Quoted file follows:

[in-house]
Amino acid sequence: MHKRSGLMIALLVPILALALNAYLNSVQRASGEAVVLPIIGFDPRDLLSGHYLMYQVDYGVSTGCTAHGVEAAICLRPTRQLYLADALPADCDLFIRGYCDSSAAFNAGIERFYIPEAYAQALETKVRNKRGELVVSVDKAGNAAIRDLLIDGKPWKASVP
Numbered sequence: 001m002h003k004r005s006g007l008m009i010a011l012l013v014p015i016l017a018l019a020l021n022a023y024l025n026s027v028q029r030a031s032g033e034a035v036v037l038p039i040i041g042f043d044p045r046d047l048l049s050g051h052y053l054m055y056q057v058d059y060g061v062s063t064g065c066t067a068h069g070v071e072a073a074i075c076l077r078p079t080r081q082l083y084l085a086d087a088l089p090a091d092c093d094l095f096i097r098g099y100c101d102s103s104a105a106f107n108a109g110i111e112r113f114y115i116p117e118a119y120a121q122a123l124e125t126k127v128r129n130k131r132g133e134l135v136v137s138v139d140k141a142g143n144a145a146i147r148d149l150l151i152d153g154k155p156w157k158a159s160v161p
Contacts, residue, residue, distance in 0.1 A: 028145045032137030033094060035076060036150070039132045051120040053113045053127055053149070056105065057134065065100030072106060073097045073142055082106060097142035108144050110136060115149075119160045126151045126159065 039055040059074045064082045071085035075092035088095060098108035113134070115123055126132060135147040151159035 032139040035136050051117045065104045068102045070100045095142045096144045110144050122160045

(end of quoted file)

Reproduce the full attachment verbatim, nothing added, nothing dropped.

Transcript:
[in-house]
Amino acid sequence: MHKRSGLMIALLVPILALALNAYLNSVQRASGEAVVLPIIGFDPRDLLSGHYLMYQVDYGVSTGCTAHGVEAAICLRPTRQLYLADALPADCDLFIRGYCDSSAAFNAGIERFYIPEAYAQALETKVRNKRGELVVSVDKAGNAAIRDLLIDGKPWKASVP
Numbered sequence: 001m002h003k004r005s006g007l008m009i010a011l012l013v014p015i016l017a018l019a020l021n022a023y024l025n026s027v028q029r030a031s032g033e034a035v036v037l038p039i040i041g042f043d044p045r046d047l048l049s050g051h052y053l054m055y056q057v058d059y060g061v062s063t064g065c066t067a068h069g070v071e072a073a074i075c076l077r078p079t080r081q082l083y084l085a086d087a088l089p090a091d092c093d094l095f096i097r098g099y100c101d102s103s104a105a106f107n108a109g110i111e112r113f114y115i116p117e118a119y120a121q122a123l124e125t126k127v128r129n130k131r132g133e134l135v136v137s138v139d140k141a142g143n144a145a146i147r148d149l150l151i152d153g154k155p156w157k158a159s160v161p
Contacts, residue, residue, distance in 0.1 A: 028145045032137030033094060035076060036150070039132045051120040053113045053127055053149070056105065057134065065100030072106060073097045073142055082106060097142035108144050110136060115149075119160045126151045126159065 039055040059074045064082045071085035075092035088095060098108035113134070115123055126132060135147040151159035 032139040035136050051117045065104045068102045070100045095142045096144045110144050122160045